Scott N: And I would say in addition to that two things: first, read. Get your hands on as many scripts as you can – good, bad, sold, unsold, the genre you’re interested in, the genre you’re not, anything and everything – read. The good scripts will teach you what works and the bad scripts will teach you what doesn’t but they’re equally valuable lessons to learn when you go off to to tackle it yourself. And read William Goldman’s Adventures in the Screen Trade while you’re at it which, if nothing else, is great for your confidence.

Obviously there’s no one way to do it and you will hopefully develop your own distinct style the more you write. But know that you’re initial audience (people doing coverage or, if you’re lucky, production execs) are looking for every reason in the book NOT to have to read the rest of your script. So the second piece of advice is: don’t fucking give them that reason! They have six more scripts to read that weekend and it’s already Sunday night and Game of Thrones is starting and they have to be up in a couple hours if they’re ever going to get to the gym this week – they don’t want to read your damn script.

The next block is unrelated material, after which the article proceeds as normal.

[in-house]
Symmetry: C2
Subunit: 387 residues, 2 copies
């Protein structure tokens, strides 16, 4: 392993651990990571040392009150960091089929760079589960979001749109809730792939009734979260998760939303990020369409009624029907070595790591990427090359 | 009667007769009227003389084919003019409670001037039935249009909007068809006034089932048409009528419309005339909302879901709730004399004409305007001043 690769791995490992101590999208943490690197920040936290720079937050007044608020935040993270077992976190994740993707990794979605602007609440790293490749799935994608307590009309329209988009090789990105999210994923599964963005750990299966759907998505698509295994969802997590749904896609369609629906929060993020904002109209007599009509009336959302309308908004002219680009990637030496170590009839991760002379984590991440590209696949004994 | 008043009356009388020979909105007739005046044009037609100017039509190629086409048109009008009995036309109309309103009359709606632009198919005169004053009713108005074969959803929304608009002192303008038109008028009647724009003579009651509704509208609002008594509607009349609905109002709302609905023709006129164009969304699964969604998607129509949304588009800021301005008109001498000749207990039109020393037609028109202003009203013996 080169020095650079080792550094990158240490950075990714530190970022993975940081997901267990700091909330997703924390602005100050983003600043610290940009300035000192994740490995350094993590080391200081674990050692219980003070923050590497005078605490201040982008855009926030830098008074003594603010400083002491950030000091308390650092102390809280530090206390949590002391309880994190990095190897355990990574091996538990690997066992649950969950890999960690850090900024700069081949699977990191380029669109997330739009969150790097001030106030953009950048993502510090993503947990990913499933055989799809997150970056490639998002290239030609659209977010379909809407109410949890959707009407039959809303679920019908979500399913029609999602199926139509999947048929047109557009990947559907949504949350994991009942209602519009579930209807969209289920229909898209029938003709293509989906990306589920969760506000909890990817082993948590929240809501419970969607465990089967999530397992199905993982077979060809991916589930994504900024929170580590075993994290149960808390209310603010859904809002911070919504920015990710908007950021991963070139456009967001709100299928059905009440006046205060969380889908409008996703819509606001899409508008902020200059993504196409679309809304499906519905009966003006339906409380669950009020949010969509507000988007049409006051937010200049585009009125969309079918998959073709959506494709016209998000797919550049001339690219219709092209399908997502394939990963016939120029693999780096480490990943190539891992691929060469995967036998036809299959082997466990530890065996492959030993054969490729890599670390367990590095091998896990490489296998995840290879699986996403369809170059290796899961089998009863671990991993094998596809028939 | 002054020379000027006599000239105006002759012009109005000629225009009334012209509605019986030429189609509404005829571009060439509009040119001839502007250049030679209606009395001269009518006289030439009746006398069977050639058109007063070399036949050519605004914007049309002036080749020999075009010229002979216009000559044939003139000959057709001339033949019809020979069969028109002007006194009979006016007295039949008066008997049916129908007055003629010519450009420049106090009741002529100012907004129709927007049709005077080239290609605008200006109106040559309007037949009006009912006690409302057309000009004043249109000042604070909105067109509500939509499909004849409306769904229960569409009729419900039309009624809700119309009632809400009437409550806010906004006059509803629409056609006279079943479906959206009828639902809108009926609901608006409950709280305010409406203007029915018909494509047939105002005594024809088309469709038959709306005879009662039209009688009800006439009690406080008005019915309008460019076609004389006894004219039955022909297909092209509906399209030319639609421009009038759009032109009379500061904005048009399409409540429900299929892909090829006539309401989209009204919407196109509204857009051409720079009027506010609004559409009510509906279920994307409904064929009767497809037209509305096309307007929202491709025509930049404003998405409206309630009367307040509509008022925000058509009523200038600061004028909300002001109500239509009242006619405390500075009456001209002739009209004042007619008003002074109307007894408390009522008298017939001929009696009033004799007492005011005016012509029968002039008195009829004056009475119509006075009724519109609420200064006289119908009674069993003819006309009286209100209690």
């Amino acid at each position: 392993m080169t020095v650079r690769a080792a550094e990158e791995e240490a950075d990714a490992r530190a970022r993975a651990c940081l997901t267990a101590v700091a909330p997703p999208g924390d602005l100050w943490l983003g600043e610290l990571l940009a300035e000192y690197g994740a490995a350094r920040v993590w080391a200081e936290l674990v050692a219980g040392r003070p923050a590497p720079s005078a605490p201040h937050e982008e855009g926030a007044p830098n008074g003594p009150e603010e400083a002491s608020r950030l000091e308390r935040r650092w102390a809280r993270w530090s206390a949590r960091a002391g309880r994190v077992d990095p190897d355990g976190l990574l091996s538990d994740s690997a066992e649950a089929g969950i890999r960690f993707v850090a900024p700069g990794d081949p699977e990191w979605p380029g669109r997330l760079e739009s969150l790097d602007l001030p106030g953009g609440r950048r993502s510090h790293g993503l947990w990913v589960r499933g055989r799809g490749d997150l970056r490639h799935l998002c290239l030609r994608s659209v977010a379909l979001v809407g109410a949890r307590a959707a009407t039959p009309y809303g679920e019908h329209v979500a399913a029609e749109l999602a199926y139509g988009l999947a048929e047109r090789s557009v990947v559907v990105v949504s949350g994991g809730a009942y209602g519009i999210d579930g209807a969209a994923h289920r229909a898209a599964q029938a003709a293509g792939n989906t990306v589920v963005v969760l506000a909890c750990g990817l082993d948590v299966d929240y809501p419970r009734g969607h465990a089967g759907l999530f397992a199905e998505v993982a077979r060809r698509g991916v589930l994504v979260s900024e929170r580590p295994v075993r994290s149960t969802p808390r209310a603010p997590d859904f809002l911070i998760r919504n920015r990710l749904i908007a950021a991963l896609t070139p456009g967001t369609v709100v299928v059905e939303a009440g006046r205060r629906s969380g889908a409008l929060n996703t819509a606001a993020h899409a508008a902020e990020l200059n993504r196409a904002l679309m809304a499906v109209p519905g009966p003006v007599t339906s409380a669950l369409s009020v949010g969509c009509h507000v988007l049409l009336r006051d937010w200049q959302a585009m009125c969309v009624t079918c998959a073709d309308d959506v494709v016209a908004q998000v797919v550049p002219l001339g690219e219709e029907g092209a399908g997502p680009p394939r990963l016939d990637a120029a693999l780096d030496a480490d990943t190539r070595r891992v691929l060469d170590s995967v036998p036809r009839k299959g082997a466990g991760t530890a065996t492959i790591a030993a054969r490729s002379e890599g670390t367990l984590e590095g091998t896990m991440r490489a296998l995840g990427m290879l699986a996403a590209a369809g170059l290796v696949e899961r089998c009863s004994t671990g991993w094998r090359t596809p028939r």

Unless, of course… it’s awesome. In which case, your script is the highlight of THEIR week as well. Managers, agents, executives, they want nothing more than to read something amazing. But remember their patience is thin. Yours isn’t the only script in the pile nor is it ever going to be something they’d rather do than the fifteen other things they could be doing with their time. So if you’re smart, you’ll make sure at the very least your first 20 pages kick serious ass. Hook that first reader, get them reading because they’re INTERESTED, because they actually want to – and then it’s off to the races.

For Part 1 of the interview, go here.

For Part 2, go here.

For Part 3, go here.

For Part 4, go here.

For Part 5, go here.

It looks like Scott and Michael have yet another project in the works as Nancy Meyers has committed to direct an untitled project written originally by the duo for Sony.

Please stop by comments to thank Michael and Scott for taking the time for the interview and post any follow-up questions you may have.

Scott and Michael are repped by CAA and Kaplan/Perrone.